Next, the compromise fails to address the obstructionist role that courts play in derailing the construction of new power plants and other energy production facilities. Ever since a 2007 Supreme Court ruling that carbon dioxide is a “pollutant” under the provisions of the Clean Air Act, the process for building new power plants has become ever-more mired in litigation.

    Instead, Congress should be bold and define carbon dioxide as “harmless gas necessary for biological processes” and restrict the jurisdiction of courts to hear questions on whether to build new power plants and other energy production facilities. As it is, whether or not to build new power plants or generally increase energy production are political questions that the courts have no role in overseeing.

    A big part of deregulation is removing the role of courts to oversee and lawyers to profit off of throwing monkey wrenches into what could be a national, low-cost energy policy.

    One very good measure in the compromise has to do with nuclear energy. It would deregulate the process by which new nuclear power plants are built and would support research and development for spent nuclear fuel recycling. But even here, the Gang has settled for only half a loaf.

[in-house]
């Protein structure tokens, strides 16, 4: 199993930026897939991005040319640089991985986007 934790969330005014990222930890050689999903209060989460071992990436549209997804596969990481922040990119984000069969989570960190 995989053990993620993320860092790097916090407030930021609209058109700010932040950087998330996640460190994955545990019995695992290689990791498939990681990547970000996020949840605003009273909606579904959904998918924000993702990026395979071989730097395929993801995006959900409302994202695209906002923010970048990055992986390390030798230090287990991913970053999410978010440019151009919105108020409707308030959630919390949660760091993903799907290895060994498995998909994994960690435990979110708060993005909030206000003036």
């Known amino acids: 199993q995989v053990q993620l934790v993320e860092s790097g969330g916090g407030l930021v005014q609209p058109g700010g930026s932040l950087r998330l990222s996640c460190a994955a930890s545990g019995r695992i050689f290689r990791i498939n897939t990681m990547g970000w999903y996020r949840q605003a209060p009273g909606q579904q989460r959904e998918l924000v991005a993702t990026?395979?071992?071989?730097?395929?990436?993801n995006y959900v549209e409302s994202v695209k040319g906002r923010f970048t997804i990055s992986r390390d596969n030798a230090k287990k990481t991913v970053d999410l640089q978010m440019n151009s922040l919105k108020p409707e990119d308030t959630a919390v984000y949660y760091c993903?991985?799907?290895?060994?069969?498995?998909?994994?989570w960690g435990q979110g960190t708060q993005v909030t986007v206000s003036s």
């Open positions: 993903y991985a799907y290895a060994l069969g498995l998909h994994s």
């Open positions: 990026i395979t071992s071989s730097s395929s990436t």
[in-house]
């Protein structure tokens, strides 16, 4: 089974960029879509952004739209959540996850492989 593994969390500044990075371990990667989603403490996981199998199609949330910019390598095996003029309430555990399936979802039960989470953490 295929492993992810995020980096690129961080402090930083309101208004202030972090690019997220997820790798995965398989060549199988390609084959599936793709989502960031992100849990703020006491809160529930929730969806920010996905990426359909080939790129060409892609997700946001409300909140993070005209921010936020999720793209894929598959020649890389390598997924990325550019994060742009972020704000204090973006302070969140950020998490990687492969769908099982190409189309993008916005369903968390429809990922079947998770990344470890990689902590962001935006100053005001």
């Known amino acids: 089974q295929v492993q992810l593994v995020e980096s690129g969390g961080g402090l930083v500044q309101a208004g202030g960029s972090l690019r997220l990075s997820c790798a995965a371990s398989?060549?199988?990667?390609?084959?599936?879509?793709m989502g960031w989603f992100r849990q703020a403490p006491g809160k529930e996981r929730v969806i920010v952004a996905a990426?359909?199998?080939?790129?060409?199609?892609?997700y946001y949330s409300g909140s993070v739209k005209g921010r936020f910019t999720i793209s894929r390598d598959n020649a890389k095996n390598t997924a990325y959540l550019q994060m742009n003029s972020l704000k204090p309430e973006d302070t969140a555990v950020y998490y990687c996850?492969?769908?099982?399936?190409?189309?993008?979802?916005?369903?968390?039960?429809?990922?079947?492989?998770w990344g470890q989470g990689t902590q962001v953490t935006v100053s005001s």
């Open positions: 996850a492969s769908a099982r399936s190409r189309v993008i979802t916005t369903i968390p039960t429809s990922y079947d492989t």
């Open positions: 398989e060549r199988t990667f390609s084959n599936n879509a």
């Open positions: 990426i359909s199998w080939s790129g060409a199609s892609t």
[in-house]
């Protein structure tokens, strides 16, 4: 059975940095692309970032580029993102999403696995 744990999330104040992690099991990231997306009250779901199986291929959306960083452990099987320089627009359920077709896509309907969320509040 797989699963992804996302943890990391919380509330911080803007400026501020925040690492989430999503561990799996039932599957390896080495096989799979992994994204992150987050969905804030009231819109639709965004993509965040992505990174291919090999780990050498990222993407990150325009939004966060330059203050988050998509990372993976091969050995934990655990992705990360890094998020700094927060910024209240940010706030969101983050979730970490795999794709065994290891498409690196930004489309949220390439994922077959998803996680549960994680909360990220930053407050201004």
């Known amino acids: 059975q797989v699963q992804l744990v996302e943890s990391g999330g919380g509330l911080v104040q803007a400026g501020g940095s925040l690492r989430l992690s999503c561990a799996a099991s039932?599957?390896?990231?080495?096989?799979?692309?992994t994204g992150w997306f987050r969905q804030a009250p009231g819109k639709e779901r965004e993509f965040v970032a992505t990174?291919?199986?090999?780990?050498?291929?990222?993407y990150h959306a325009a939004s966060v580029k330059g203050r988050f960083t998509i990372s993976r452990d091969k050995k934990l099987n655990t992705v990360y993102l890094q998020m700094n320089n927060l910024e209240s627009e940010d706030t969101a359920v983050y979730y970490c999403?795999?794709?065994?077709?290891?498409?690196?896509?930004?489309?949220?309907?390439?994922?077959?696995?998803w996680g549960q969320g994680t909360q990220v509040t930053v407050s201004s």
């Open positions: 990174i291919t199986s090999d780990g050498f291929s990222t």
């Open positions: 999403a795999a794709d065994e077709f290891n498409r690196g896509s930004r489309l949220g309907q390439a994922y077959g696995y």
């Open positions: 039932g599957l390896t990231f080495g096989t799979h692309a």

Lawmakers should go further and once-and-for-all legalize nuclear reprocessing within a regulatory framework that mirrors France’s approach to recycling nuclear fuel to address proliferation concerns. The technology is already available for reprocessing, and what is necessary is to remove federal restrictions on the practice. Markets will move to bring the technology into America’s repertoire of nuclear capabilities.

    Thankfully, the proposal also avoids the issue of regulating the commodities futures markets until the Commodities Futures Trading Commission returns with findings on the alleged, unproven role of “overspeculation” in increasing prices of oil. This is fortuitous, as speculators are now playing a tremendous role in helping oil prices to decrease dramatically in the past month.